Posted by Jewish Voice for Peace on svētdiena, 2017. gada 2. aprīlis

Odeh was convicted by Israel of involvement in a 1969 bombing in Jerusalem that killed two and injured nine. She was sentenced by an Israeli military court in 1970 to life in prison for two bombing attacks on behalf of the Popular Front for the Liberation of Palestine and spent 10 years in prison before being released in a prisoner exchange in 1980.

Odeh confessed to planting the bomb in the 1969 attack, though in recent years has claimed the confession was given under torture, which is disputed by Israeli officials.

Also speaking at the conference for JVP on Sunday, which backs the Boycott, Divestment and Sanctions movement against Israel was Linda Sarsour, another pro-Palestinian activist who has recently taken a public role in various feminist events.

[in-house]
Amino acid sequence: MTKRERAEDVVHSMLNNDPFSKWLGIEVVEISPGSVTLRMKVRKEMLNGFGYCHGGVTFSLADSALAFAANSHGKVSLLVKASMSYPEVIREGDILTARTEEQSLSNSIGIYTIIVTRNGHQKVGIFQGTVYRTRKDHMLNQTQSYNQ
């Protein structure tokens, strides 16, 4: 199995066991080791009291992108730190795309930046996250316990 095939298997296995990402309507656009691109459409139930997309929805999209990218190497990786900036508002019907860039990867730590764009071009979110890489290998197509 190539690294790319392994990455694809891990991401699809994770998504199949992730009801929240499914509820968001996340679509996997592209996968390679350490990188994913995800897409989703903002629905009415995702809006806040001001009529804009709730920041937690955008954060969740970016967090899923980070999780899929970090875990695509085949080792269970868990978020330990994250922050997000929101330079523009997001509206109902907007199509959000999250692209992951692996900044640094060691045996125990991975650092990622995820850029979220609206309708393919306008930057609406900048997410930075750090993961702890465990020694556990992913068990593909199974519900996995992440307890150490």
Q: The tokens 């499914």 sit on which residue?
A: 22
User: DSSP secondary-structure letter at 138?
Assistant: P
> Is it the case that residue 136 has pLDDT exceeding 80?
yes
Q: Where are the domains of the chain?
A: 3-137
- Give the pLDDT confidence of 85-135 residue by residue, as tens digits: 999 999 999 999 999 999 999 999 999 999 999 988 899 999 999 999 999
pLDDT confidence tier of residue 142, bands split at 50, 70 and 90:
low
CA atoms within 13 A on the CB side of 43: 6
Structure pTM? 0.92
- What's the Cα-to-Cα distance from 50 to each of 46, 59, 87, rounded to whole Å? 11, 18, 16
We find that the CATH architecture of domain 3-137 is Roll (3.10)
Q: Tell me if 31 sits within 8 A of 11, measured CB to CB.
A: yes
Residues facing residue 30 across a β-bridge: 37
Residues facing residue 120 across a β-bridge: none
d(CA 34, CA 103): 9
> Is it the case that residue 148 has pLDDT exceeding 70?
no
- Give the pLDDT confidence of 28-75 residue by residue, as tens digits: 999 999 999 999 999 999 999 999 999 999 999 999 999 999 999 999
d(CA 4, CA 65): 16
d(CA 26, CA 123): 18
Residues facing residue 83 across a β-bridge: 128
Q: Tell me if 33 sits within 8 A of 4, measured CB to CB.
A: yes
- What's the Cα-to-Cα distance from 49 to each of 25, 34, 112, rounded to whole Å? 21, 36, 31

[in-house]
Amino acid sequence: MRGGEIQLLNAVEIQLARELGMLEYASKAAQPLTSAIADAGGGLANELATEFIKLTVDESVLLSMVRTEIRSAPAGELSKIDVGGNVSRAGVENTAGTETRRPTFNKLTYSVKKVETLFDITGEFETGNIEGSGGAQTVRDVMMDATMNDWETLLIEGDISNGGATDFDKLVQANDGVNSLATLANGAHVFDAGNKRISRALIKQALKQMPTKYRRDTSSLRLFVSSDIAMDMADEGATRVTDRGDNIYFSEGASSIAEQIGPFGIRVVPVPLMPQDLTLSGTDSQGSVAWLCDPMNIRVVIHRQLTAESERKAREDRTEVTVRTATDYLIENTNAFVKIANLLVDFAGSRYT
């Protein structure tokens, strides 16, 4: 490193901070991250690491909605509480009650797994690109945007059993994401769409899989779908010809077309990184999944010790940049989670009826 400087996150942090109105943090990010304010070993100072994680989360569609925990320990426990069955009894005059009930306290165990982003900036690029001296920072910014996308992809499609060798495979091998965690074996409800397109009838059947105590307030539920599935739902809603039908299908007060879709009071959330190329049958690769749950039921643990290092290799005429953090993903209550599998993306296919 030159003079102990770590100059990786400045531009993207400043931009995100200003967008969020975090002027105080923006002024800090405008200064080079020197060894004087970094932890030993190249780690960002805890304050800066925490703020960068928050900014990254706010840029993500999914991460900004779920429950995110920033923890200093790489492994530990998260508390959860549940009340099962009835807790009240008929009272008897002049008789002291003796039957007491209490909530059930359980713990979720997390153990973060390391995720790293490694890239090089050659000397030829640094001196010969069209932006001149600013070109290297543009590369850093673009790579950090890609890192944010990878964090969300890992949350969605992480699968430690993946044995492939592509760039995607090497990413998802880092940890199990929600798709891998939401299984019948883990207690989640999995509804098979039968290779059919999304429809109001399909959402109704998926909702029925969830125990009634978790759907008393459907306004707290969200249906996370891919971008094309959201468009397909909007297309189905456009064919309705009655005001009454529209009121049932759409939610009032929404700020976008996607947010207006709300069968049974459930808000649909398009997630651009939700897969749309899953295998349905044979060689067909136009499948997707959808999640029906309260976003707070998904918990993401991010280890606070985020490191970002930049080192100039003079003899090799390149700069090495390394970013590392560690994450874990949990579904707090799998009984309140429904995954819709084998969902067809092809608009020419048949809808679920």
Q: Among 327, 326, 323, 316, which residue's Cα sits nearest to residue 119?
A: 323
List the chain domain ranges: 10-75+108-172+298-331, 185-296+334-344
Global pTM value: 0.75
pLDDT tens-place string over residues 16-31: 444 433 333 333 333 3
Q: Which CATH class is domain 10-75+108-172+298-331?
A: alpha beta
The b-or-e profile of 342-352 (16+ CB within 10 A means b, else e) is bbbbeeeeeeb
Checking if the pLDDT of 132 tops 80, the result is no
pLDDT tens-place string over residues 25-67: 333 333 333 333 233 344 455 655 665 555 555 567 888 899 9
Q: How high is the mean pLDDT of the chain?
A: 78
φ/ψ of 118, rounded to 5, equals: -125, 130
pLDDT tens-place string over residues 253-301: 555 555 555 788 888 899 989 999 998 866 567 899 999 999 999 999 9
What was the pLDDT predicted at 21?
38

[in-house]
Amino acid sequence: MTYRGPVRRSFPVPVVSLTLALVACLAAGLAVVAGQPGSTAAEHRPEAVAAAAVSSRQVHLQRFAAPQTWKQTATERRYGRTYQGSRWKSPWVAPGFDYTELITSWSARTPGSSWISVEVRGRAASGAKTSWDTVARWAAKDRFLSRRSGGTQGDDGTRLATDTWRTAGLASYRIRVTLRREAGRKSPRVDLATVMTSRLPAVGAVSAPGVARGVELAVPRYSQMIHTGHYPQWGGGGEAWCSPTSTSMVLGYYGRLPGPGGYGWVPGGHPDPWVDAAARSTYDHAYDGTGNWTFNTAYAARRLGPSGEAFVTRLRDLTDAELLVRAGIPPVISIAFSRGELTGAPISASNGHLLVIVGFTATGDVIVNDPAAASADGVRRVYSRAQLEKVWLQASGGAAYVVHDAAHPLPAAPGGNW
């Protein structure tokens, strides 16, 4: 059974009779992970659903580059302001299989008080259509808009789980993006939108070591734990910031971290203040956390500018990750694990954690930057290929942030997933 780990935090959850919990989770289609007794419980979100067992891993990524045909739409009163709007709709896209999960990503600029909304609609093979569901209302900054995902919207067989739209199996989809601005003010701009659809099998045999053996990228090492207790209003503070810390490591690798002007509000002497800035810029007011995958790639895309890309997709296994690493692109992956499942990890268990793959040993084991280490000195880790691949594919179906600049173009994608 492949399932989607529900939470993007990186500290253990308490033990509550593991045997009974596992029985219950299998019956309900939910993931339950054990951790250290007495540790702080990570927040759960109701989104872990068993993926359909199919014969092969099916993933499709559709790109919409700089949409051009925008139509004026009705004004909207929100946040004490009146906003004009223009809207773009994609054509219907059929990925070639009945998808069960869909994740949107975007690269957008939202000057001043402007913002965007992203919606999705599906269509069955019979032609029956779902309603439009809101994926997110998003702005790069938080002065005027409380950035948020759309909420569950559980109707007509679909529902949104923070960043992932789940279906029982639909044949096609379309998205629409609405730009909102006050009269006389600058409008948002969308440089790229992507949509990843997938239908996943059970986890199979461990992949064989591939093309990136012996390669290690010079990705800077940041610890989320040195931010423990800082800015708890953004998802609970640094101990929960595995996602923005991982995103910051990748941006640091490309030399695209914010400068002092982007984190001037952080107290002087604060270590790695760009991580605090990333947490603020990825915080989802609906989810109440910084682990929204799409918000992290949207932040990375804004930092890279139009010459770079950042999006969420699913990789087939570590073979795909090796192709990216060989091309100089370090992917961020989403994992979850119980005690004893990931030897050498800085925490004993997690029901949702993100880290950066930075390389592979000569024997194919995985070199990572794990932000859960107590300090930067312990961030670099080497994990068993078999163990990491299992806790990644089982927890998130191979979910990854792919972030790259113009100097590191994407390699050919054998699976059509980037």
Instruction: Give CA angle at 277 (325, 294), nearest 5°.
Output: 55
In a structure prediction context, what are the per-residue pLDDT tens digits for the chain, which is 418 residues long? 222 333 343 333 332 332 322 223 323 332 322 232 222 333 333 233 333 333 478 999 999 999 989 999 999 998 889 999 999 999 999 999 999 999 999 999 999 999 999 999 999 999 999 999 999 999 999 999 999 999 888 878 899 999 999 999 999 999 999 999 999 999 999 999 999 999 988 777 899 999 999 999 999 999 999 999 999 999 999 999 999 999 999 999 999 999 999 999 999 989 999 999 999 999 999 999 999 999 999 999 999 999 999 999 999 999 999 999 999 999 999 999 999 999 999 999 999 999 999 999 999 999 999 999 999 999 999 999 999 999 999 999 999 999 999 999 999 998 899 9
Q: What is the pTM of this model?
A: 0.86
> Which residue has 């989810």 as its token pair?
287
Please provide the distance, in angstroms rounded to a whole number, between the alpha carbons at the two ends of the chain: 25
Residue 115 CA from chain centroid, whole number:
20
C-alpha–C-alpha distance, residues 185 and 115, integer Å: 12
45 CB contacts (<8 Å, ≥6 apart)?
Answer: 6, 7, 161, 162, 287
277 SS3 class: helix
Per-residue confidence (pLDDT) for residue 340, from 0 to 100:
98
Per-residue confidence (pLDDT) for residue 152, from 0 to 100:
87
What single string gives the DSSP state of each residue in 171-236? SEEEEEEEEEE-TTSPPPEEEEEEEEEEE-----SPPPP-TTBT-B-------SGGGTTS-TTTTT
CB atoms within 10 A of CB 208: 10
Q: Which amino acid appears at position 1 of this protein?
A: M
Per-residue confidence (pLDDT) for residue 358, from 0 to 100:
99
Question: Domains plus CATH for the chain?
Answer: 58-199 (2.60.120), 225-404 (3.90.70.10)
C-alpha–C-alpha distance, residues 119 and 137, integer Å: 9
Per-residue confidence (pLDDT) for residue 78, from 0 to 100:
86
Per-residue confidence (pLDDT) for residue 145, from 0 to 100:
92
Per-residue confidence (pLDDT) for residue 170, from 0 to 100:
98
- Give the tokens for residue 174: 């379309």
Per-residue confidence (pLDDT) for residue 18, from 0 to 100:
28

Sarsour, who helped organize the Women’s March on Washington in January and the Women’s Strike and who also helped raise more than $150,000 for damaged Jewish cemeteries in the US last month, recently said there is no space in the feminist movement for those who do not criticize Israel.

On Sunday, she appeared to address the remark, that sparked outrage in American Jewish communities, saying “if what is being asked of me by those who pronounce themselves and call themselves Zionist is that I, as a Palestinian-American, have to somehow leave out a part of my identity so you can be welcomed in a space to work on justice, then that’s not going to be the right space for you.”

“We, as Palestinian-Americans, as Arab-Americans, as Muslim-Americans, we will not change who we are to make anybody feel comfortable. If you ain’t all in, then this ain’t the movement for you.”